Multiples of 100 and 10 are the easiest to understand, but your bet can be any dollar amount you want. The possible payout will be calculated for you, regardless of the amount you bet.
In point betting, juice is awarded to each team to help sportsbooks secure their profits. Essentially, think of it as a tax on your bet. Typically, each side of a point spread bet is assigned odds of -110, although as we see here this is not always the case.
Another important thing to remember: in sports betting, you get your payout based on the odds while also getting your original bet is returned to you. So if you bet $105 on Washington to cover the four-point spread and it did, you would get $205 back (your original stake of $105 plus the $100 of your winning bet paid at odds of – 105).
Total: When betting on a total, also known as an over/under bet, you are betting that one or both teams will score more or less than the number allotted by sports betting. Usually, the total is listed after the point distribution with an “o” or “u” displayed in front of a number:
The total for the Commanders-Jaguars game is 43.5 points. If you bet the most, you think the teams will combine to score at least 44 points. If you bet less, you think the teams will combine to score 43 points or less.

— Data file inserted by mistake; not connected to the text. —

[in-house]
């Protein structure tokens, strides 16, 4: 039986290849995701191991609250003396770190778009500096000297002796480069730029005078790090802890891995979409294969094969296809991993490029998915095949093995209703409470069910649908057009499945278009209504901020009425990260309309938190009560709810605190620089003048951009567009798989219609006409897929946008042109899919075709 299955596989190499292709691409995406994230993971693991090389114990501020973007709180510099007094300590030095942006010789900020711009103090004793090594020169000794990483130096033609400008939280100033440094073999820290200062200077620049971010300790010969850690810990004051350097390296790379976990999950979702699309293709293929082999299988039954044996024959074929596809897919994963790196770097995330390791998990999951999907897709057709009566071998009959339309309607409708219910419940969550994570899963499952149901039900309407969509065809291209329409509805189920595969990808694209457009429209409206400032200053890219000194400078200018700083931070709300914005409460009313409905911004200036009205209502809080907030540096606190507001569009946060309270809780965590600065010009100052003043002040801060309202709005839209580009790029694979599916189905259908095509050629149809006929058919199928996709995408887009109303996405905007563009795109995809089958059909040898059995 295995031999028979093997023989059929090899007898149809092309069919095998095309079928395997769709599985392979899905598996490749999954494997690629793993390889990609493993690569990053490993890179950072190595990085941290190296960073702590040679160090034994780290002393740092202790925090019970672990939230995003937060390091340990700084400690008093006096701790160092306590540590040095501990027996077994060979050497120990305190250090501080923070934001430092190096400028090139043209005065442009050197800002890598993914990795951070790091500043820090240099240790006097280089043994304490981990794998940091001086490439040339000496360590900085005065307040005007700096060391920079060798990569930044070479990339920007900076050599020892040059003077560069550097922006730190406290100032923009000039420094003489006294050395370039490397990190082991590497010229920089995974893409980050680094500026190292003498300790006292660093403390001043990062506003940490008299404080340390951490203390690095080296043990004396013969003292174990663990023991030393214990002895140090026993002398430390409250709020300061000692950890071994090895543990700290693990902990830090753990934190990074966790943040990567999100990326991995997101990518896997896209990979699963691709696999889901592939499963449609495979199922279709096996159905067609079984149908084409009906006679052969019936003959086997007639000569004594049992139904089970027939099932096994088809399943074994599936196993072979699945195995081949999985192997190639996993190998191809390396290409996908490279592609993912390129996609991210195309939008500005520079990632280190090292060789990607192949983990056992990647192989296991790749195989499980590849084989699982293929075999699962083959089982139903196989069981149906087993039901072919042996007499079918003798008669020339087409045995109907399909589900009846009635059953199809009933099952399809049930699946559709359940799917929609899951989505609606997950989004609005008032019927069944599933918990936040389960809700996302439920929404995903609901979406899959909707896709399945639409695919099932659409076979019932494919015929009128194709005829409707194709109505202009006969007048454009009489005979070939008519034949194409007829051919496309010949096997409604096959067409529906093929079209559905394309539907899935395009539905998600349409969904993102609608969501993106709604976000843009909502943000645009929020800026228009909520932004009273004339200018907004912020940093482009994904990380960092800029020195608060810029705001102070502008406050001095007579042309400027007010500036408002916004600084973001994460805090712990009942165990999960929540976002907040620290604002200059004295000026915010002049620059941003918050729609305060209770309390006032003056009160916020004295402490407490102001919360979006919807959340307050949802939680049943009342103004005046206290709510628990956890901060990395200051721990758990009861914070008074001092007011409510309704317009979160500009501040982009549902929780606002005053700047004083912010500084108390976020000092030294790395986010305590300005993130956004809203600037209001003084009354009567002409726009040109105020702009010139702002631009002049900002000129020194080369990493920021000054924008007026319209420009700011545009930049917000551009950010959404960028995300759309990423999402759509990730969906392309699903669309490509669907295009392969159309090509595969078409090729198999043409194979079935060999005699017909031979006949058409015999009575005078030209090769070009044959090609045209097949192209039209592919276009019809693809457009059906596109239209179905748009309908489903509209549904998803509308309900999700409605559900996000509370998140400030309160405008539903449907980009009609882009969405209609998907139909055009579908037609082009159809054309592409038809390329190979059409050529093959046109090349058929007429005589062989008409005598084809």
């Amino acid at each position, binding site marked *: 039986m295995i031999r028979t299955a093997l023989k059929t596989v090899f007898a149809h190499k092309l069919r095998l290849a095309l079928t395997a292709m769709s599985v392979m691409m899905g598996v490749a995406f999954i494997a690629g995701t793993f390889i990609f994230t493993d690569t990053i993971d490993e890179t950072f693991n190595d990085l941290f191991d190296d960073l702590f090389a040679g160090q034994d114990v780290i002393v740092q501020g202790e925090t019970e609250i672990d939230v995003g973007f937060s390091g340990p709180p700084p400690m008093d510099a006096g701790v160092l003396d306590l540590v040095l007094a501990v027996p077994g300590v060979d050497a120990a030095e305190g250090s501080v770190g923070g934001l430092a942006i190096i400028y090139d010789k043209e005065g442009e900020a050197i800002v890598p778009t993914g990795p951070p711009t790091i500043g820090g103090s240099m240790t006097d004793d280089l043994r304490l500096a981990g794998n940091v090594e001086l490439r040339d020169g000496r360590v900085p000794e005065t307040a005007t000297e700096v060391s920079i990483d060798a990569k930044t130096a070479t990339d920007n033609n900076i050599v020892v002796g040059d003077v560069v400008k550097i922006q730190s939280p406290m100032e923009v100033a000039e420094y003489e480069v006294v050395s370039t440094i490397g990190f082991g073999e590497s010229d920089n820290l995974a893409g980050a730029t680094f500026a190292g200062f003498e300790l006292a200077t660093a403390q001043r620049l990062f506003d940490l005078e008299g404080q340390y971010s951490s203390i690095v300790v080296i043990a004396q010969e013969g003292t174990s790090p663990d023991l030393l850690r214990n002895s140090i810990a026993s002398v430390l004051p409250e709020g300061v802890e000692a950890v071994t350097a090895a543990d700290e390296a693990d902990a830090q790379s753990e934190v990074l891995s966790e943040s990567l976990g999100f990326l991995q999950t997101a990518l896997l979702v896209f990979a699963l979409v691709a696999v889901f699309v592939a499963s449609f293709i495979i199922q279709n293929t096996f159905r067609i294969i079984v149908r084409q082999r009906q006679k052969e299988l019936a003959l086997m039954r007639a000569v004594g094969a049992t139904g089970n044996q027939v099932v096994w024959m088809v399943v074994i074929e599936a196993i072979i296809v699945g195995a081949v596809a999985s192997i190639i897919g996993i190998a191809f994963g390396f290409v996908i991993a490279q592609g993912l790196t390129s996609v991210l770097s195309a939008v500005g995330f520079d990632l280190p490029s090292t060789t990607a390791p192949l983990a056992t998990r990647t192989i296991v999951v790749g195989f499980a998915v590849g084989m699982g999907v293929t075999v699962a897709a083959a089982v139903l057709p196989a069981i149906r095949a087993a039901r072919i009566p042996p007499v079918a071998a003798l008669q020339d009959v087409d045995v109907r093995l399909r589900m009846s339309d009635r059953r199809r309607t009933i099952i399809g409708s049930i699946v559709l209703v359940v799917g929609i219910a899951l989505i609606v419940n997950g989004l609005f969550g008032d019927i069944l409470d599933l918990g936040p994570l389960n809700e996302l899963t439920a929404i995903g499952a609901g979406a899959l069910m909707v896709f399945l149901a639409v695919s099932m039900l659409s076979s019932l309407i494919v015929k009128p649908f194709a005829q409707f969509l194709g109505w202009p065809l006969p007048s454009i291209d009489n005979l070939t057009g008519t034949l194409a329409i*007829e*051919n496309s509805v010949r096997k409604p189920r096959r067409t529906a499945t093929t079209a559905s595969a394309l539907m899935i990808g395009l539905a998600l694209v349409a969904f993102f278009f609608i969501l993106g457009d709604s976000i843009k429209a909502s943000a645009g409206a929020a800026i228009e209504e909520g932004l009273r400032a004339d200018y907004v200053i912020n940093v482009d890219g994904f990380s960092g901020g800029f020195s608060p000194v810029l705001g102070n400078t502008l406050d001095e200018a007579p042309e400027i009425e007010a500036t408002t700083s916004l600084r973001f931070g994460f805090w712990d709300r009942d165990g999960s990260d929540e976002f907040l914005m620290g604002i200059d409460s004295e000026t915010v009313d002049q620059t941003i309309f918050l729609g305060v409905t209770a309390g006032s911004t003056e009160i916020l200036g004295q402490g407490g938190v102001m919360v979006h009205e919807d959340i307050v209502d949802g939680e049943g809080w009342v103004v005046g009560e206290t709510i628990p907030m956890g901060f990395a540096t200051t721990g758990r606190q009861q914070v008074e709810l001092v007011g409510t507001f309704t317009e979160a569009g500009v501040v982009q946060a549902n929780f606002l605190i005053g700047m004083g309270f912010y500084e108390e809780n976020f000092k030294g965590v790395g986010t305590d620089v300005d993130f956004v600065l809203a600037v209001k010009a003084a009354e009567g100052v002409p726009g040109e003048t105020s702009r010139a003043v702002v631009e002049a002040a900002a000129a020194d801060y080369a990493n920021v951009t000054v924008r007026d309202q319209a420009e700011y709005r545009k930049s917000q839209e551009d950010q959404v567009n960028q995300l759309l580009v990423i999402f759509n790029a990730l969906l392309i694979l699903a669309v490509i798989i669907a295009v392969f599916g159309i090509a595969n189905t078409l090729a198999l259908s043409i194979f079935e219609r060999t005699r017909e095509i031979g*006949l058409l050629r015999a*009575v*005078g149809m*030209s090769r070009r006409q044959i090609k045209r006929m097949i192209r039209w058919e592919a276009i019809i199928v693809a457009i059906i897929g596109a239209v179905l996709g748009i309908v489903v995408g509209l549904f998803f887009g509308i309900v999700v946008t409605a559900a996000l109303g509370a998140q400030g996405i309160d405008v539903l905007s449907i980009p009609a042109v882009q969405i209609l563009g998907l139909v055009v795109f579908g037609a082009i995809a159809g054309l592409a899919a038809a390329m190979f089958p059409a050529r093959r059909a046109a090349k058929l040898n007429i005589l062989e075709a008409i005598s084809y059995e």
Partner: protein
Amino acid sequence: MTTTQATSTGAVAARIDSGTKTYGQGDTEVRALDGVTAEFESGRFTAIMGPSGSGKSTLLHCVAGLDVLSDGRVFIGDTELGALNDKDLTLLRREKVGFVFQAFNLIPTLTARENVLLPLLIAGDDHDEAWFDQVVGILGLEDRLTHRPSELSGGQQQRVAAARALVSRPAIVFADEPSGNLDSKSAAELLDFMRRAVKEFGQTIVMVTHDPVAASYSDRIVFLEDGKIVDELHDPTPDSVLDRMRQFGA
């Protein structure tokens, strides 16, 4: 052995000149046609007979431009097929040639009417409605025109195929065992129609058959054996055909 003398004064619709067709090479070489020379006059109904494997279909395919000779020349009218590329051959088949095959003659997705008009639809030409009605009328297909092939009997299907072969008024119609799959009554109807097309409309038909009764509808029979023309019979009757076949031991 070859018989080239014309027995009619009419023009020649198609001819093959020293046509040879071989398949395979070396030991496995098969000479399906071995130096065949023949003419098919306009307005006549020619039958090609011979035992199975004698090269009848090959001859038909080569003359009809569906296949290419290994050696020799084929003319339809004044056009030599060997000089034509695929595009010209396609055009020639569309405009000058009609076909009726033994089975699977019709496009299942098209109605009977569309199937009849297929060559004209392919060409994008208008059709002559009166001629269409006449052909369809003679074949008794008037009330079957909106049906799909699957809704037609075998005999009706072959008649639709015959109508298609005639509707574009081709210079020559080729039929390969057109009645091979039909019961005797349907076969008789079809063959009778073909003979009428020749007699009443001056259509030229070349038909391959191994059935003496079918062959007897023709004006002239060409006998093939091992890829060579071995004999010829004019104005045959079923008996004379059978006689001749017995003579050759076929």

There are many total bets you can make. You can bet on the combined points of the teams in a half or a quarter. You can also bet on each team’s total points.
Talk : A single bet involving two or more bets, with the payout increasing according to the number of bets (also called legs) involved. You can combine moneylines, point spreads, and totals in just about any combination. All bets in your bet must be winners for your bet to succeed.
For example, let’s say you want to play the Commanders moneyline at -180 with the Chiefs moneyline at -155, which means you think Washington and Kansas City will both win. A winning bet of $100 would return $155.56. Let’s say you want to grow the Commanders (-180), Chiefs (-155) and Cowboys (a +110 moneyline underdog). Because you added another leg to your bet, and an underdog to boot, a $100 winning bet would return $437.43.
As the Post’s Neil Greenberg noted, betting is generally not a good idea for players, especially novices.
Tease: A teaser is, in essence, a bet: you combine two or more bets into a single bet, and all legs must win for your bet to pay off. But in a teaser, you can “buy” points on the point spread or total – usually six points for football games and four points for basketball games.
Let’s go back to Week 1 of the NFL for our example. The Bills are one-point underdogs to the Rams, and the Patriots are 2.5-point underdogs to the Dolphins. In a teaser, you would add six points to the two point spreads and turn the Bills into seven-point underdogs with the Patriots as 8.5-point underdogs.